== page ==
So, I’m looking for two things. Some practical hints and tips for a young woman and some advice for a father on how to have this conversation with his daughter.
There’s almost nothing I could say about consent that’s better than is said here: “Driver’s Ed for the Sexual Superhighway: Navigating Consent.”
For The Talk, I think you can organize what you want to say around the idea of safety & enthusiasm.
- You don’t want your daughter to have sex that’s not safe, which means taking precautions about birth control and STD prevention and also having sex only with partners who are considerate, respectful of boundaries, and who take necessary precautions.
- Part of taking care of health is taking care of sexual health. You’d be happy to take her to doctor’s appointments and want her to discuss all aspects of her health freely and honestly with her doctor in complete privacy. You will pay for whatever prescriptions she ends up needing when the time is right. She doesn’t have to hide it or forgo birth control out of financial worry or embarrassment.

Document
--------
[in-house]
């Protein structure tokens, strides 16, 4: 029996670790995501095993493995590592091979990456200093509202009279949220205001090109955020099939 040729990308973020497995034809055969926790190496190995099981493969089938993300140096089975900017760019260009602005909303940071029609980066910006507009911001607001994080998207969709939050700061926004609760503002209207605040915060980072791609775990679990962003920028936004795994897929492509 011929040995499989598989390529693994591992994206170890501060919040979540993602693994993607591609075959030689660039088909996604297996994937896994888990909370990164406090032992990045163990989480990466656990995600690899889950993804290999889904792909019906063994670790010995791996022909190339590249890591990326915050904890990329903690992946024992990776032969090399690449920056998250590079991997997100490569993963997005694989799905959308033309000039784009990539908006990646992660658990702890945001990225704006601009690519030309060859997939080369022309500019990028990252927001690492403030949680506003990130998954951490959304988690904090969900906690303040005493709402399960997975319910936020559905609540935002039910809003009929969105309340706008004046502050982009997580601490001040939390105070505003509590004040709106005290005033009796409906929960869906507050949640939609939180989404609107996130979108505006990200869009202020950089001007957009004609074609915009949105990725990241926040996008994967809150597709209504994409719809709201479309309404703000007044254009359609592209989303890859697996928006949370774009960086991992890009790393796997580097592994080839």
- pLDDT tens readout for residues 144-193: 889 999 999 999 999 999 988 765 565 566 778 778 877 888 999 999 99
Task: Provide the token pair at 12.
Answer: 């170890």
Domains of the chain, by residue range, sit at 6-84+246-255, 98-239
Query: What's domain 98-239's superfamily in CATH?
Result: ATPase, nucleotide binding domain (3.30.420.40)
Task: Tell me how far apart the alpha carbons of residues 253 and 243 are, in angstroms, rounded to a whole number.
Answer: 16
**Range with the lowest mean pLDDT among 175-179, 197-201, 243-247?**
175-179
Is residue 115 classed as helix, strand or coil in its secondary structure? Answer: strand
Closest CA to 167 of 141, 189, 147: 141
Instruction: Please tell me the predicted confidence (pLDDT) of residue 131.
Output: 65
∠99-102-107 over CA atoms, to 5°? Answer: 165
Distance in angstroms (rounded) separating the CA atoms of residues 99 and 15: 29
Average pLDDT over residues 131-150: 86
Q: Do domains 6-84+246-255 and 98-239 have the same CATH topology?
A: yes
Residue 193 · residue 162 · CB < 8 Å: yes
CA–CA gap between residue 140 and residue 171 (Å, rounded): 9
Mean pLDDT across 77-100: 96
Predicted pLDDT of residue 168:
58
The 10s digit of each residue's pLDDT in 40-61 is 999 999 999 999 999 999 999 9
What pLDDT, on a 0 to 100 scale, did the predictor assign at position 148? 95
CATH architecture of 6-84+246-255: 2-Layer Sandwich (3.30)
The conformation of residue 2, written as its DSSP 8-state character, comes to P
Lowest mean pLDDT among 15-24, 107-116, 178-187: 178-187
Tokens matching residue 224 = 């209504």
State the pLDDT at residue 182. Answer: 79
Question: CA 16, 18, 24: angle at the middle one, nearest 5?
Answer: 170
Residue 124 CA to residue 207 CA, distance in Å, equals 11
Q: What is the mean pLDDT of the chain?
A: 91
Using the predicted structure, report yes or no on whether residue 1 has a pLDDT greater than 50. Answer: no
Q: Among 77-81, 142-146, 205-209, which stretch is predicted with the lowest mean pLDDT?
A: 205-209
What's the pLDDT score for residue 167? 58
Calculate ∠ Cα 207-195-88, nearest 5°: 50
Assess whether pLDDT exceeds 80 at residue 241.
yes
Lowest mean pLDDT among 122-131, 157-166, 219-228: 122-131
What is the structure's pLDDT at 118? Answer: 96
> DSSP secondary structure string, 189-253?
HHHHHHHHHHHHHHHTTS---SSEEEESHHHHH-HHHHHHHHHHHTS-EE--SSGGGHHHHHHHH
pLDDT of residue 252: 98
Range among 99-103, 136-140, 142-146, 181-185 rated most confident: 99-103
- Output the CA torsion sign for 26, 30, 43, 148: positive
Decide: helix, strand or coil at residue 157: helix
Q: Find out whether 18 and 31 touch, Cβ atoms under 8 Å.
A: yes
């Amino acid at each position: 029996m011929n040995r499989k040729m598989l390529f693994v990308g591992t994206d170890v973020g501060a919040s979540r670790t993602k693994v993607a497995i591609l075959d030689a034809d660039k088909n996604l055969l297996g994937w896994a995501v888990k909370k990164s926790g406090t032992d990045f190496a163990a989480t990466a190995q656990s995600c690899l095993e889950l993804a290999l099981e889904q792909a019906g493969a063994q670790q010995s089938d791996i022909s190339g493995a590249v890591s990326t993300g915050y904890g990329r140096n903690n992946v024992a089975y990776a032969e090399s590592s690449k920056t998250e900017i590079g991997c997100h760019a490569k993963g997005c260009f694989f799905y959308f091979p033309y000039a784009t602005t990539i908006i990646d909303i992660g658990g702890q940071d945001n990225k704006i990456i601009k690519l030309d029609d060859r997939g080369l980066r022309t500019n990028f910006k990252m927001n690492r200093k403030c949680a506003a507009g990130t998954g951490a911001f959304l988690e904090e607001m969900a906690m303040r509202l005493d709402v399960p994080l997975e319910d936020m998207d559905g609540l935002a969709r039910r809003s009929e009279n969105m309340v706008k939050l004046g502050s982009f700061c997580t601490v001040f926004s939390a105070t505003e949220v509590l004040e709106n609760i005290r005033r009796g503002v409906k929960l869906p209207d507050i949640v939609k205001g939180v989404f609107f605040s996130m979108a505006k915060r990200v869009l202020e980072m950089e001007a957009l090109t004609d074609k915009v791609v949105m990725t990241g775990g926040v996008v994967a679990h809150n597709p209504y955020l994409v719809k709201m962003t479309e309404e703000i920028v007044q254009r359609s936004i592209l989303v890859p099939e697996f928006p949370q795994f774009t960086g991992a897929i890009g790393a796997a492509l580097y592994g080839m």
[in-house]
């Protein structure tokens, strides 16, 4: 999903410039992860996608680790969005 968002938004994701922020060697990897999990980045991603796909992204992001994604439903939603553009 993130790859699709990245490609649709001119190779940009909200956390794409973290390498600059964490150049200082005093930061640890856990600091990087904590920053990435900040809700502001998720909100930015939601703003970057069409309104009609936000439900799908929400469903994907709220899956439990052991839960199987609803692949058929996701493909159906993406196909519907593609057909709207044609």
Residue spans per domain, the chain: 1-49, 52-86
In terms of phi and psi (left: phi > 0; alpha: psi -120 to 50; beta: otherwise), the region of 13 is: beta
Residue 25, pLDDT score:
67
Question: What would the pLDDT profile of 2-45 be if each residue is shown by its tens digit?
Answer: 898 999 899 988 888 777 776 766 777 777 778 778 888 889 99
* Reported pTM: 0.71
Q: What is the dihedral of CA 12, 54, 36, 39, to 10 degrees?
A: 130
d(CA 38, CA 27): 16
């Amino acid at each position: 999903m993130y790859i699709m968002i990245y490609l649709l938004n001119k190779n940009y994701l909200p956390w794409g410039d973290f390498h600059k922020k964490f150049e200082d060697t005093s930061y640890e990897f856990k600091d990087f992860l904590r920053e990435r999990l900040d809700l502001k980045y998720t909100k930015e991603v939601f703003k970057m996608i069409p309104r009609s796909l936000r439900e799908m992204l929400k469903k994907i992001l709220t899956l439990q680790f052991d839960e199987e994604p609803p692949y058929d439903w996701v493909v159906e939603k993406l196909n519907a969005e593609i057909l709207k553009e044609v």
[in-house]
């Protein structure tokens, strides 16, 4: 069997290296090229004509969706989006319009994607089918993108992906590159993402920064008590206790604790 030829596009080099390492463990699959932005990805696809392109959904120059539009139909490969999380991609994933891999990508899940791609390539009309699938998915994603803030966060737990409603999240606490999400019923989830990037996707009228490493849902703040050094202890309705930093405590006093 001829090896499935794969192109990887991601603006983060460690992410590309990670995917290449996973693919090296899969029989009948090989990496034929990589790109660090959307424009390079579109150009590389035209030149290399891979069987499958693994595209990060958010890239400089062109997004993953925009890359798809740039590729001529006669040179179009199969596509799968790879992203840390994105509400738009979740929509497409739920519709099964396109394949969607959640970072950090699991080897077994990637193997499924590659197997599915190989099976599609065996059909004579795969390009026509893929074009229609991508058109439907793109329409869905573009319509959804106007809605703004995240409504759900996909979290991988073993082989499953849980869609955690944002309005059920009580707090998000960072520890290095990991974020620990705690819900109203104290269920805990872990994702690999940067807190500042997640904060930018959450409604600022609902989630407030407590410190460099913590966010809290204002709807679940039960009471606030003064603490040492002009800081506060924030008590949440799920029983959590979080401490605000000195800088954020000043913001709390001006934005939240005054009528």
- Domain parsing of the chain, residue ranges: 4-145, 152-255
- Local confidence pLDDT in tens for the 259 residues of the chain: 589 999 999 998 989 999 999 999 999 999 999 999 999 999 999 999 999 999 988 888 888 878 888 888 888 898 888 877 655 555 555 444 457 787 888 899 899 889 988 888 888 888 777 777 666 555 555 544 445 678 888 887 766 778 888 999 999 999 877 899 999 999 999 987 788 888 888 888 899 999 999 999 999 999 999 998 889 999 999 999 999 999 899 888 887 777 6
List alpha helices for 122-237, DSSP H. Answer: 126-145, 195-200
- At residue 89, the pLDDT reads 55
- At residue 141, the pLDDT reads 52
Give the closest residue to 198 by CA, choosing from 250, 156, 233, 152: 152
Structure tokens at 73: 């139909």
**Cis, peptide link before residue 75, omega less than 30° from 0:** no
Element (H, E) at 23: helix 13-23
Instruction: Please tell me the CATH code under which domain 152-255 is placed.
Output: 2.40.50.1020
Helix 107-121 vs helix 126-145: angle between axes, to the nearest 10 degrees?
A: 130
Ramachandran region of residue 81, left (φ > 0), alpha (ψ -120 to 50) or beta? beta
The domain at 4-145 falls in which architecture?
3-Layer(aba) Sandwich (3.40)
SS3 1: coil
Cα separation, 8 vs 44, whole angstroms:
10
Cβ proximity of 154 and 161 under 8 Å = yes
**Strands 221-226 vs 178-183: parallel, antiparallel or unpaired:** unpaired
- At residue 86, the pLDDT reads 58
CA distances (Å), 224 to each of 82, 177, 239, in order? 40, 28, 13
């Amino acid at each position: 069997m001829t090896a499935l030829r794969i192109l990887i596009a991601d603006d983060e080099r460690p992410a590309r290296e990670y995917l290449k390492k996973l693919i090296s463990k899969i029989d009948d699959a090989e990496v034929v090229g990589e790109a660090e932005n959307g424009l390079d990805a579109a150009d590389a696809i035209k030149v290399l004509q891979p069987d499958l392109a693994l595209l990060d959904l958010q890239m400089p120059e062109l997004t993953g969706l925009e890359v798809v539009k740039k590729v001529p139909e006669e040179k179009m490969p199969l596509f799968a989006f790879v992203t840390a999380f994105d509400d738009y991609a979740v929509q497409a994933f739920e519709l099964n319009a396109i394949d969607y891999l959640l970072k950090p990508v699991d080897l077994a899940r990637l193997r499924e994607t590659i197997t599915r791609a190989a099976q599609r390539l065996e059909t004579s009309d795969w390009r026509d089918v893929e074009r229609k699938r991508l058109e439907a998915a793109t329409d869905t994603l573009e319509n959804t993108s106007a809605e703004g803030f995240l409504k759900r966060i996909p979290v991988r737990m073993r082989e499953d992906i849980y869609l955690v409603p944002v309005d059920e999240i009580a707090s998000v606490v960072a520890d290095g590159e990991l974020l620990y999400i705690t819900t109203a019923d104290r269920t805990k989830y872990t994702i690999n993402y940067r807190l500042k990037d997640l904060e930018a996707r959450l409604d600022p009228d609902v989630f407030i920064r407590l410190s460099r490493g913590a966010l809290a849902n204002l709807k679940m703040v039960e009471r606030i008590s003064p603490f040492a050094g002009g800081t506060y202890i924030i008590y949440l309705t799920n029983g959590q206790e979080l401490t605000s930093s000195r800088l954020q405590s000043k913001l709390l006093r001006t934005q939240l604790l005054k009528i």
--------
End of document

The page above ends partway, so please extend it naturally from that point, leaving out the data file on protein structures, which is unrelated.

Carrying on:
- You don’t want your daughter to have sex that she doesn’t actively want to participate in. Whether it’s about pleasure, emotional connection in a relationship, you want her to be an agent in her sex life who does things with a partner instead of an object whose partner does things “to” her. So when she is ready to become sexually active, learning how to voice her desires and consent and seek that same affirmative from her partners will be a good life skill.
- Sex is an awesome part of being a person. It’s not evil, dirty, shameful. It carries risks – both biological and emotional – but those risks are manageable with some emotional maturity and planning.
- There’s no rush to have sex. A lot of movies, peers, TV shows, etc. can make people feel insecure or left behind if they don’t have sex, but that’s not true.
- She can always come to you with questions and for help – you won’t judge her and just want her to be happy and healthy. For example, if she ever needed Plan B after a birth control mishap, she should ask you to get some or for the money rather than procrastinate in taking care of herself. It would also be helpful to identify another adult (a cousin, an aunt, a stepmom) that she trusts and might be more comfortable talking to.